Treatment of these complex fractures is based on previous classifications. The Mayo classification, as popularized by Felix et al,7 largely reported on type I fractures, uncommon currently secondary to improved implant design.10 In their review of 102 periprosthetic tibial fractures, 81% occurred postoperatively. Type I, II, III, and IV fractures occurred in 61, 22, 17, and 2 patients, respectively. Of these, only 4 of the 22 type II fractures were subtype A, all of which were treated with casting or partial weight bearing, and 1 required closed reduction. Fifteen of the 17 type III fractures were subtype A; 2 of these required closed reduction, and 1 that was spiral in nature without evidence of union was treated with ORIF after 3 months. Treatment recommendations were primarily focused on stability of the implant and degree of fracture displacement: nonoperative for stable implants with nondisplaced or minimally displaced fractures (type IIA and IIIA) and operative for unstable implants or irreducible displaced fractures, respectively.2,3,7 Unlike the patients in the current study who had well-fixed implants (subtype A per Felix classification), those with loose implants may fare better with revision arthroplasty.1,3,11 Additionally, diaphysis-engaging tibial intramedullary stems, ORIF of fracture fragments, structural allograft, or tumor prosthesis may be indicated.3,10,21 With the availability of contemporary TKA implants, as well as modern osteosynthesis with locking periarticular plates, union rates and outcomes for patients treated with operative fixation of type IIA and IIIA fractures are unreported in the literature. With heavy emphasis on maximized treatment outcomes, results following this treatment modality are important to the current literature.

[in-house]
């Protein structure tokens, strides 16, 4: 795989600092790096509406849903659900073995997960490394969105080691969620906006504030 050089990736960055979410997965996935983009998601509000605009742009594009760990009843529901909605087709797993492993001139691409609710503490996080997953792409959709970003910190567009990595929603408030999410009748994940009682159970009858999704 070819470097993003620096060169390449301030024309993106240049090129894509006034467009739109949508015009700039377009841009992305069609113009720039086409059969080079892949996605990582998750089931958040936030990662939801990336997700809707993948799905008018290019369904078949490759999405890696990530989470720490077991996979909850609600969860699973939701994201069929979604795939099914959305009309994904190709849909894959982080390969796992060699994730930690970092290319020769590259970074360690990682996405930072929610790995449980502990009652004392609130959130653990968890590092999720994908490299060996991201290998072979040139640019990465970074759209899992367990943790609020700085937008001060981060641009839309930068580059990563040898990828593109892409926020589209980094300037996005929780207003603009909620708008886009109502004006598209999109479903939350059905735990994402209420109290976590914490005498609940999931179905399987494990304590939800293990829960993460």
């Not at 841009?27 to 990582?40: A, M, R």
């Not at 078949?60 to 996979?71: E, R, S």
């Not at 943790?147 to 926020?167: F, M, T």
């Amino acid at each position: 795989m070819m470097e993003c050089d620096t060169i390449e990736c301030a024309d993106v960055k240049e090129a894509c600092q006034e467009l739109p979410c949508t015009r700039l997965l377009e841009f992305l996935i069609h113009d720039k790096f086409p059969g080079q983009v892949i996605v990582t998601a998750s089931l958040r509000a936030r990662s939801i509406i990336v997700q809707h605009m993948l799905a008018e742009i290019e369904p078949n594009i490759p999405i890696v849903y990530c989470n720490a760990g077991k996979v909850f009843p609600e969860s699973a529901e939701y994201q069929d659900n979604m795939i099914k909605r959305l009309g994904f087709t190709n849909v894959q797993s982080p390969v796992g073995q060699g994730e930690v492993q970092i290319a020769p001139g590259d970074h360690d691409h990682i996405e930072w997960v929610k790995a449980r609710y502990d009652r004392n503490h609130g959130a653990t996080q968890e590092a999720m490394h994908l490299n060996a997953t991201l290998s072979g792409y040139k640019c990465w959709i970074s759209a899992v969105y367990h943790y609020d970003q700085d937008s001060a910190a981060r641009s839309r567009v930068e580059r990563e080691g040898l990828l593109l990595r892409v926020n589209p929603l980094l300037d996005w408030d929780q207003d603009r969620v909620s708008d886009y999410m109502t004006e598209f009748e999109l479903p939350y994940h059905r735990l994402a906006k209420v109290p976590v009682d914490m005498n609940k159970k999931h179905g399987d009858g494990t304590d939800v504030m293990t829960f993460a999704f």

The current study had several limitations. First, ROM was variable and depended on many preinjury variables, as well as the fracture and postoperative recovery. Unfortunately, due to poor documentation regarding pre- and postoperative ambulatory functional status (ie, community ambulator, requiring cane, requiring walker, or wheelchair bound), the authors were unable to make any inferences about functional status following operative stabilization of periprosthetic tibial fractures based on the current series. Second, despite publications inferring an increased risk of malunion or nonunion with periprosthetic TKA fractures,9 to the authors' knowledge, no study has reported outcomes or union rates following the treatment recommendations established by Felix et al7 for type IIA and IIIA fractures. Therefore, although the current study provides information regarding union rates in these fractures treated with operative stabilization, there is no literature available to compare the current outcomes with those for nonoperative treatment; thus, the adjuvant use of internal fixation in these fractures remains speculative currently. Additionally, despite being the case series with the largest patient population reported with Felix type IIA and IIIA fractures since the original publication by Felix, the current study had a small patient population. A multicenter retrospective review would represent an improvement in study design and allow for a larger patient population. Future research involving direct comparison of nonoperative and operative management of these fractures is needed. Finally, there were multiple complications noted in this series, which could attest to the complexity of the injuries and support the selection of nonoperative management over operative management in certain instances. Larger prospective, comparative studies would increase the understanding of the prevalence of complications between nonoperative and operative management of these rare fractures.